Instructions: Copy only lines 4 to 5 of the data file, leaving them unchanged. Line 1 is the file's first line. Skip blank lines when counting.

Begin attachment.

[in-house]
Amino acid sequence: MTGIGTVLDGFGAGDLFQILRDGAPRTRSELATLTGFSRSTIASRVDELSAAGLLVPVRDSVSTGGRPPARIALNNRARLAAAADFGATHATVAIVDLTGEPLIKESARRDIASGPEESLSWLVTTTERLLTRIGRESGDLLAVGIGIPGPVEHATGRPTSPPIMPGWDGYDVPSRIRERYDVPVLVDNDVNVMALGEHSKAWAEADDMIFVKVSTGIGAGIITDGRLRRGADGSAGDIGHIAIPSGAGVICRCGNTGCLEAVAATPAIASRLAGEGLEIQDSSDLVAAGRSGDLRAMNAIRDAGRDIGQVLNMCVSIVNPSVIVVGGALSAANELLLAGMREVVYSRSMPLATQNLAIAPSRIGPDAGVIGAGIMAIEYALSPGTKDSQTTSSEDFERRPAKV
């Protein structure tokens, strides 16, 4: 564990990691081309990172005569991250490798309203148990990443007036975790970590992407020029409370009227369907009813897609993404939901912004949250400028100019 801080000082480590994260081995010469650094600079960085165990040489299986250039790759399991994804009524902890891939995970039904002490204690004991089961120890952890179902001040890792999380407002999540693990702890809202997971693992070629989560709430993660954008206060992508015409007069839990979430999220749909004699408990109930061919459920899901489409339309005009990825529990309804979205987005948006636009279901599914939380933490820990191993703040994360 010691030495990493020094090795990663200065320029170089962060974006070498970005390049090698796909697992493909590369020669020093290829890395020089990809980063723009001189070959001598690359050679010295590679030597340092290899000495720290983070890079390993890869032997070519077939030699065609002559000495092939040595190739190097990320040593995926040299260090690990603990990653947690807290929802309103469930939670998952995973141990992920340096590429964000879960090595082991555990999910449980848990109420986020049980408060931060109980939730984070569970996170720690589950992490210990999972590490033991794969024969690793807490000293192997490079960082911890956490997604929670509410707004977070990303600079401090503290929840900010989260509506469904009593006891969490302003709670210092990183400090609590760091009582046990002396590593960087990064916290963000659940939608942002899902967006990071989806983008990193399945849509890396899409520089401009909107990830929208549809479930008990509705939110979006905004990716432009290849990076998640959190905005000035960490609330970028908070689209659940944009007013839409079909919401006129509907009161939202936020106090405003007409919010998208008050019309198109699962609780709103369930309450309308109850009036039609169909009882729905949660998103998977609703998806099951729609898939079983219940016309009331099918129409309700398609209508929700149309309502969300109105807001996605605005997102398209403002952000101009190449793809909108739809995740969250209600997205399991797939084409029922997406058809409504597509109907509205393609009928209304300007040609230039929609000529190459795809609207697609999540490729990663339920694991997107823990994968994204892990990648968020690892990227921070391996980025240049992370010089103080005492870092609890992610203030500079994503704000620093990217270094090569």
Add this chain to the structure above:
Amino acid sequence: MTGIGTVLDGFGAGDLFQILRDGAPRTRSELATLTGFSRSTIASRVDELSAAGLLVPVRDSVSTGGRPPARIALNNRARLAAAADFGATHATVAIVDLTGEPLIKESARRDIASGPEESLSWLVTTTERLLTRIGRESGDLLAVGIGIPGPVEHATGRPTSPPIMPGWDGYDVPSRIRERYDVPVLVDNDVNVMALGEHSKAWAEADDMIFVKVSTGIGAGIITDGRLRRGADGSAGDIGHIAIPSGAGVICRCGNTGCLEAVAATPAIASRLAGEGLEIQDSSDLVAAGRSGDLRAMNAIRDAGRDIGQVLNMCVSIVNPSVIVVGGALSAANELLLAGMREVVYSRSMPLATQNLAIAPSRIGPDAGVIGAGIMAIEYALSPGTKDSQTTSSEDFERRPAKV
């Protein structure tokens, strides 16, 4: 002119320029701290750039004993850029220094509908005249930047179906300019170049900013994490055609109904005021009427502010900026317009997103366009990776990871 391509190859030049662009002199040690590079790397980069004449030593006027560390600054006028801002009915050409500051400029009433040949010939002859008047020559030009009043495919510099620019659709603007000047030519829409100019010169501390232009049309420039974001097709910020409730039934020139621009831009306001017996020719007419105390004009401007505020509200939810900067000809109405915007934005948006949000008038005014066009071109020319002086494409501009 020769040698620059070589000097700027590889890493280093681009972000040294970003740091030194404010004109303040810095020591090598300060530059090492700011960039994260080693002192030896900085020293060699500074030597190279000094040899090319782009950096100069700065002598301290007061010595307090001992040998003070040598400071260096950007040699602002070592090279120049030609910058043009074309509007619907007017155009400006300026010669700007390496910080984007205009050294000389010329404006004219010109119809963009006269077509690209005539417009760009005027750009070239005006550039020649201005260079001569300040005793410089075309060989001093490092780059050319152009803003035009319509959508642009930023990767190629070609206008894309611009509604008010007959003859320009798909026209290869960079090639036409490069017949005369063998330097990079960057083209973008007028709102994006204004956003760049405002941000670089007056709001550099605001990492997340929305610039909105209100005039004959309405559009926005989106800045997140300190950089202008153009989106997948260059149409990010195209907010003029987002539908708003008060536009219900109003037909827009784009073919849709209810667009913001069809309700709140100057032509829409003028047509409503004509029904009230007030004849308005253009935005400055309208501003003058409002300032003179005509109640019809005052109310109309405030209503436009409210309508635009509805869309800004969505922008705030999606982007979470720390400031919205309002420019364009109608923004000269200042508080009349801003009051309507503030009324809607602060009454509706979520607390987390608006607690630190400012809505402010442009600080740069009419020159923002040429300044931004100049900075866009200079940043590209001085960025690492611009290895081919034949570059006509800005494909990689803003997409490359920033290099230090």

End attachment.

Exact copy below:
Add this chain to the structure above:
Amino acid sequence: MTGIGTVLDGFGAGDLFQILRDGAPRTRSELATLTGFSRSTIASRVDELSAAGLLVPVRDSVSTGGRPPARIALNNRARLAAAADFGATHATVAIVDLTGEPLIKESARRDIASGPEESLSWLVTTTERLLTRIGRESGDLLAVGIGIPGPVEHATGRPTSPPIMPGWDGYDVPSRIRERYDVPVLVDNDVNVMALGEHSKAWAEADDMIFVKVSTGIGAGIITDGRLRRGADGSAGDIGHIAIPSGAGVICRCGNTGCLEAVAATPAIASRLAGEGLEIQDSSDLVAAGRSGDLRAMNAIRDAGRDIGQVLNMCVSIVNPSVIVVGGALSAANELLLAGMREVVYSRSMPLATQNLAIAPSRIGPDAGVIGAGIMAIEYALSPGTKDSQTTSSEDFERRPAKV